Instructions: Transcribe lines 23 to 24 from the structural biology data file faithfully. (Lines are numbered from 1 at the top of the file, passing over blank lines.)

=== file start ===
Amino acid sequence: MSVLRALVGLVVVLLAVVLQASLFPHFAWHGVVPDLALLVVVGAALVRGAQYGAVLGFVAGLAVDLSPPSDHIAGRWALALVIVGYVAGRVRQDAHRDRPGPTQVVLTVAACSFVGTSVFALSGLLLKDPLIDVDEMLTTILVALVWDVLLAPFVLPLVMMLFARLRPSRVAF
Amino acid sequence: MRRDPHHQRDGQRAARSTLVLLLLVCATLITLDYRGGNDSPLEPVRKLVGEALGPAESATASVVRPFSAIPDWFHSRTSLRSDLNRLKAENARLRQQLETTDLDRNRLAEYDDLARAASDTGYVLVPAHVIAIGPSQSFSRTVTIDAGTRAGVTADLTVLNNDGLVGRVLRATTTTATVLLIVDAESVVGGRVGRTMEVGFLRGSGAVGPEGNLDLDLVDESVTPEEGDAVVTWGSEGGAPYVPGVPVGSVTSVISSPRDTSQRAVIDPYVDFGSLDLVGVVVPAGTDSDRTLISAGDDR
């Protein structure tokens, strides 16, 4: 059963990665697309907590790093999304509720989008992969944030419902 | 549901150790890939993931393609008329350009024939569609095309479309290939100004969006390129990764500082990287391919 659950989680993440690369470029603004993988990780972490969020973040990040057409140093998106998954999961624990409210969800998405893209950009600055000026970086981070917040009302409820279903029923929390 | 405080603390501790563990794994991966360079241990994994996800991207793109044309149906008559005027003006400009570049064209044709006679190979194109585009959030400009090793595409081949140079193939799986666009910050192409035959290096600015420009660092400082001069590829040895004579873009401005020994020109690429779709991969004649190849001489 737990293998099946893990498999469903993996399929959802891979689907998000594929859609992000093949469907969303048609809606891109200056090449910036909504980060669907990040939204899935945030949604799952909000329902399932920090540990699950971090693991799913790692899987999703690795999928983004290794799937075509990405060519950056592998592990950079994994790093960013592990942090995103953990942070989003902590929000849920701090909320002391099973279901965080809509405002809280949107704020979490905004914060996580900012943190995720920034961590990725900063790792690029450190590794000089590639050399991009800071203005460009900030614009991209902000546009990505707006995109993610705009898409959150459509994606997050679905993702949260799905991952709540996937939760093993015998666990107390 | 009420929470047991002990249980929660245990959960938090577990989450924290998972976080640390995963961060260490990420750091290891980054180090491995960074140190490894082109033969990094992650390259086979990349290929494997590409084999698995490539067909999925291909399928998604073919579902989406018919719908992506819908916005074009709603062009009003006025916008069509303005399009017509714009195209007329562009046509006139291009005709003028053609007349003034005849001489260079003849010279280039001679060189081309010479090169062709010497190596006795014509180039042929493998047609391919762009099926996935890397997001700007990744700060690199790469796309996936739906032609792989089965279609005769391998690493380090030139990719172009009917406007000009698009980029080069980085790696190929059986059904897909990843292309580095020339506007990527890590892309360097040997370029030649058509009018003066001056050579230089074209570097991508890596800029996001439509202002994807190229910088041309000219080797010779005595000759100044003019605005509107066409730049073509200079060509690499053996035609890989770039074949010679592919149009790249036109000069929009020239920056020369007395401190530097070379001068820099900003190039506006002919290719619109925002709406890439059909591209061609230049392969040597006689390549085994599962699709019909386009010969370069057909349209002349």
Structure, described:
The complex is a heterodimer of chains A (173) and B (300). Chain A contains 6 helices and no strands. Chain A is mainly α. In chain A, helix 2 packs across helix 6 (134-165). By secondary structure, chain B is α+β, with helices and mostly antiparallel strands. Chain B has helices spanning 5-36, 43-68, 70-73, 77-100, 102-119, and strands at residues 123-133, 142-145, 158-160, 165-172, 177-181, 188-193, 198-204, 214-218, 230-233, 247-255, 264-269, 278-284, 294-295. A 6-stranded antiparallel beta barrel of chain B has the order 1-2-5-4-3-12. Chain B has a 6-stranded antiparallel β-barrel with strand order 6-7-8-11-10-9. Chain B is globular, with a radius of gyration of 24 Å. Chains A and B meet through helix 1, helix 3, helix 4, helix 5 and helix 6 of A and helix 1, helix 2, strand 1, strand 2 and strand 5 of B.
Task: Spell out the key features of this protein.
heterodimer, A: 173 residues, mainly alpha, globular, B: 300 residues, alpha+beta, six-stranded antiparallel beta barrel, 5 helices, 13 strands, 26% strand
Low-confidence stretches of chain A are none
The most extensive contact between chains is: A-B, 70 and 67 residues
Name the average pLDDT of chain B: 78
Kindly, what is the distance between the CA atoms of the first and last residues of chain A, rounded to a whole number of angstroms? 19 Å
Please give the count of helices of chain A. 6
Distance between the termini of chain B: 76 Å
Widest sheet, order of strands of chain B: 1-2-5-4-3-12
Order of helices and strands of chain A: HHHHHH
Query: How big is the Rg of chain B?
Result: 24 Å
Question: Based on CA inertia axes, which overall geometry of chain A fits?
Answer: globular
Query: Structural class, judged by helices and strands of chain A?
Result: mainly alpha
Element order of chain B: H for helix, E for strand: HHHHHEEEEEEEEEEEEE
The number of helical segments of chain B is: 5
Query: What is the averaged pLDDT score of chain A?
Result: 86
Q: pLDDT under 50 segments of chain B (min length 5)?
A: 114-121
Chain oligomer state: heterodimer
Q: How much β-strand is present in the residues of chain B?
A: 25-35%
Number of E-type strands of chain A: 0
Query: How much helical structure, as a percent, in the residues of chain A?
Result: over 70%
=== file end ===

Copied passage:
The number of helical segments of chain B is: 5
Query: What is the averaged pLDDT score of chain A?